5a--Jean François Champollion
Hieroglyphics was a system of writing used in ancient Egypt, which, in its final version, required about 500 signs to write.
It combined pictograms, ideographs, and phonograms that could be written alone, but more often used in conjunction with
drawings or pictures that were not conventionalized or simplified. The Egyptians used three different styles or types of
hieroglyphics, a monumental or incised writing style, often painted or chiseled on stone; hieratic script, a
cursive style derived from hieroglyphics that attempted to imitate with the pen the more formal writing style; and
, a short-hand version of hieratic used in everyday life. Although all three styles were in evidence throughout Egypt,
by the 18th century their meaning had been lost and no one could read the ancient Egyptian scripts. In 1799, a Lieut.
Boussard, who was in Egypt with Napoleon’s army, discovered a 1,676 lb. black granodiorite stele with writing on it. He
found it in Rosetta, in the delta region of Egypt, and thus its name. As it turned out, the Rosetta Stone was made in 196
B.C.E. and carries a decree from Ptolemy V that describes the repeal of various taxes and gives instructions about erecting
statues in temples. The same text is repeated in three different scripts, hieroglyphics, demotic, and classical Greek, only
the last of which could still be read. Using the Greek text, however, deductions could be made concerning the two
unknown scripts, demotic and hieroglyphics. Using this method, Thomas Young deciphered the hieratic script by 1814, but
it wasn’t until 1822 that the key to the decipherment of hieroglyphics was developed by Jean-François Champollion (1790-
1832). Since the work of Champollion, about 3,000 different hieroglyphs have been deciphered and recognized. Only about
500 were used commonly in ancient Egypt, however, just as we don’t use all 600,000 words available to us in the English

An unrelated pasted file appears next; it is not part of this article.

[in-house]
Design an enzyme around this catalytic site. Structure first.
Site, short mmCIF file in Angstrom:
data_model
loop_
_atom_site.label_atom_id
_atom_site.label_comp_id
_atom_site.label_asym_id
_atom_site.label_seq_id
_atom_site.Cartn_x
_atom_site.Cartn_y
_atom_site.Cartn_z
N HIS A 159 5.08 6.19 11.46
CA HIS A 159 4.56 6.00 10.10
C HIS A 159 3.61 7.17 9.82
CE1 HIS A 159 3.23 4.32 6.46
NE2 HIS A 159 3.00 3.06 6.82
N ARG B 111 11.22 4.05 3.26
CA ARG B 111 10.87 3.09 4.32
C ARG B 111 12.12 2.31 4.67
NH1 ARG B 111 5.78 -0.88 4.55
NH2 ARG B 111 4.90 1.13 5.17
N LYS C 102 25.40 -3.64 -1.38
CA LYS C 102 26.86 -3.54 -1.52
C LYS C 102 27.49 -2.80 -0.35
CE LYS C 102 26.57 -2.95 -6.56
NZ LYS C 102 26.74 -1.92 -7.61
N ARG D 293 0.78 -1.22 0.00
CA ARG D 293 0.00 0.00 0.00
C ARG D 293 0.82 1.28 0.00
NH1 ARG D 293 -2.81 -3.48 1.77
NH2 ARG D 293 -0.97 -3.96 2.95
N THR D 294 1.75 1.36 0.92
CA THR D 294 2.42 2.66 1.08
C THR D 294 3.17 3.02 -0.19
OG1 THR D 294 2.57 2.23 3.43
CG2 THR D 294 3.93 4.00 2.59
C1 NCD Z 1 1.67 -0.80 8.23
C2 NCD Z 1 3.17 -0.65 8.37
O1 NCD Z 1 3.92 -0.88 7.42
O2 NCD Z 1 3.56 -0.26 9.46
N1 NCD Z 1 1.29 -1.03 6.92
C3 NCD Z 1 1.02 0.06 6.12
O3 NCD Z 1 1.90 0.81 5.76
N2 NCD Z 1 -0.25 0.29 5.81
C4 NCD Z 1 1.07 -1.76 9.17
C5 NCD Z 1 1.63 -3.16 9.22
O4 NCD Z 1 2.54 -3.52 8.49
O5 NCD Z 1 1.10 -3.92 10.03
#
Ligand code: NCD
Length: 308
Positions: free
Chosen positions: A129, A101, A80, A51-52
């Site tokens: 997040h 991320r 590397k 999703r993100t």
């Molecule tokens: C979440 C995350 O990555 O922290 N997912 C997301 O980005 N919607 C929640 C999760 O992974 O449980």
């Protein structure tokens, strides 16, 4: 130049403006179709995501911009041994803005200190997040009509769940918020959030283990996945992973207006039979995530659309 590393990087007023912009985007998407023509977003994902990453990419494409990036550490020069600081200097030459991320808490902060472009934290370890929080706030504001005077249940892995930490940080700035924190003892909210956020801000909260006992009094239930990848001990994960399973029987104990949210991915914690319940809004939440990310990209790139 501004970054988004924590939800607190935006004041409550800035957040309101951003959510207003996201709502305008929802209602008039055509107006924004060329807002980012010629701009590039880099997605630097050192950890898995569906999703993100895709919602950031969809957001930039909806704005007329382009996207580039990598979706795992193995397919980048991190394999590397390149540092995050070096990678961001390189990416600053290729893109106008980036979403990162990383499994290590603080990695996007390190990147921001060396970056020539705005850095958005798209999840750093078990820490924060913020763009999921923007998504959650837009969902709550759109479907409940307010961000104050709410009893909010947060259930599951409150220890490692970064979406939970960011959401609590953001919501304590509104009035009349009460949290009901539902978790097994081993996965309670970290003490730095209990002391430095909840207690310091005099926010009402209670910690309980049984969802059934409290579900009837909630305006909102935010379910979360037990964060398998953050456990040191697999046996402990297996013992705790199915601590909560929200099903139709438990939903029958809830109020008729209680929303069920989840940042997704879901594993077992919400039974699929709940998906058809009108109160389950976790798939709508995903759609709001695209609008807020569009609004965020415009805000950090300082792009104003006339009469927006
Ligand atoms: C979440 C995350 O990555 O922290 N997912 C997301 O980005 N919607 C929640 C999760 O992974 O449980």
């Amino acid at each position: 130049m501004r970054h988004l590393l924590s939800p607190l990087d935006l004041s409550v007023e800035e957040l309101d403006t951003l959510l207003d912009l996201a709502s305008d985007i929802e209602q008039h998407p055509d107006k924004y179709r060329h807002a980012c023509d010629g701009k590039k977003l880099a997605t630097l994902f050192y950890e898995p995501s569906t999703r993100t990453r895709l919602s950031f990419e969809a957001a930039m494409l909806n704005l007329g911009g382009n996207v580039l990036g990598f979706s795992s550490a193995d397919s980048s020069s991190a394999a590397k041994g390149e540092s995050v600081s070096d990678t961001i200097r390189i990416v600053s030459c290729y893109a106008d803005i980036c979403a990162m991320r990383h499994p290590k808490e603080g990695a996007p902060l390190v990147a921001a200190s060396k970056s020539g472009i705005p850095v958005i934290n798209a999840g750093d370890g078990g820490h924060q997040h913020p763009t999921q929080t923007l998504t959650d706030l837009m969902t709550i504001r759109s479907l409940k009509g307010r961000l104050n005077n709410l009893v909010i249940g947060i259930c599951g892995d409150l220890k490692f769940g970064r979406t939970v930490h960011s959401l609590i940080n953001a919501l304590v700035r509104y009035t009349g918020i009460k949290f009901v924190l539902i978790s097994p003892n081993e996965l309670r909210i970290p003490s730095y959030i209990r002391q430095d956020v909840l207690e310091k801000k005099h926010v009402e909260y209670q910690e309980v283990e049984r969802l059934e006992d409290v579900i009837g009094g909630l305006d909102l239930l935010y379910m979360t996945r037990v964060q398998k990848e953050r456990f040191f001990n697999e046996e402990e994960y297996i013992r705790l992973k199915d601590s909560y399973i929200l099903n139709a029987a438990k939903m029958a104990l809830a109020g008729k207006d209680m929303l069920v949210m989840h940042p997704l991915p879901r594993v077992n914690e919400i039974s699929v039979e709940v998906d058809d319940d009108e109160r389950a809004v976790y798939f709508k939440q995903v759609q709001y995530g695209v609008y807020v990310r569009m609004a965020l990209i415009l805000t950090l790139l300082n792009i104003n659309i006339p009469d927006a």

language. Today, the Rosetta Stone is on public display in the British Museum, where it has been since 1802.
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As part of its “History of Writing”
series, Venda issued this stamp as
part of a four-value set on 11 May
1983.  It depicts a sample of Egyptian
hieroglyphics, ca. 1300 B.C.E. (Venda,
Scott #66).
To commemorate International Literacy
Year, Japan issued this 62-yen value on 7
September 1990 using the Rosetta Stone
as a motif; the stamp depicts the character
“Ji” in the shape of the Rosetta Stone
(Japan, Scott #2063).
On 22 January 2004, Egypt issued a
series of stamps titled the
“Treasures of Egypt.” Included among
the “treasures” is the Rosetta Stone
(Egypt, Scott #1879b).
The sesquicentennial of the deciphering of
hieroglyphics by Champollion was
commemorated by Egypt on 16 October
1972 with an air mail stamp. It depicts
Champollion and the Rosetta Stone, with a
background of hieroglyphs enclosed in
cartouches, the oval-shaped loops that
encircle a group of hieroglyphs. As part of
his decipherment, Champollion determined
that these were phonetic transcriptions of
the names of pharaohs (Egypt, Scott
France commemorated the
sesquicentennial of Champollion’s
decipherment of hieroglyphics on 14
October 1972 with this 90-centimes
stamp depicting Champollion and a
key inscription from the Rosetta
Stone (France, Scott #1354).
To commemorate the 200th anniversary of
Champollion’s birth, on 4 September 1990,
Monaco issued this 5-franc stamp with
Champollion’s portrait surrounded by
images evocative of ancient Egypt (Monaco,
Scott #1733).
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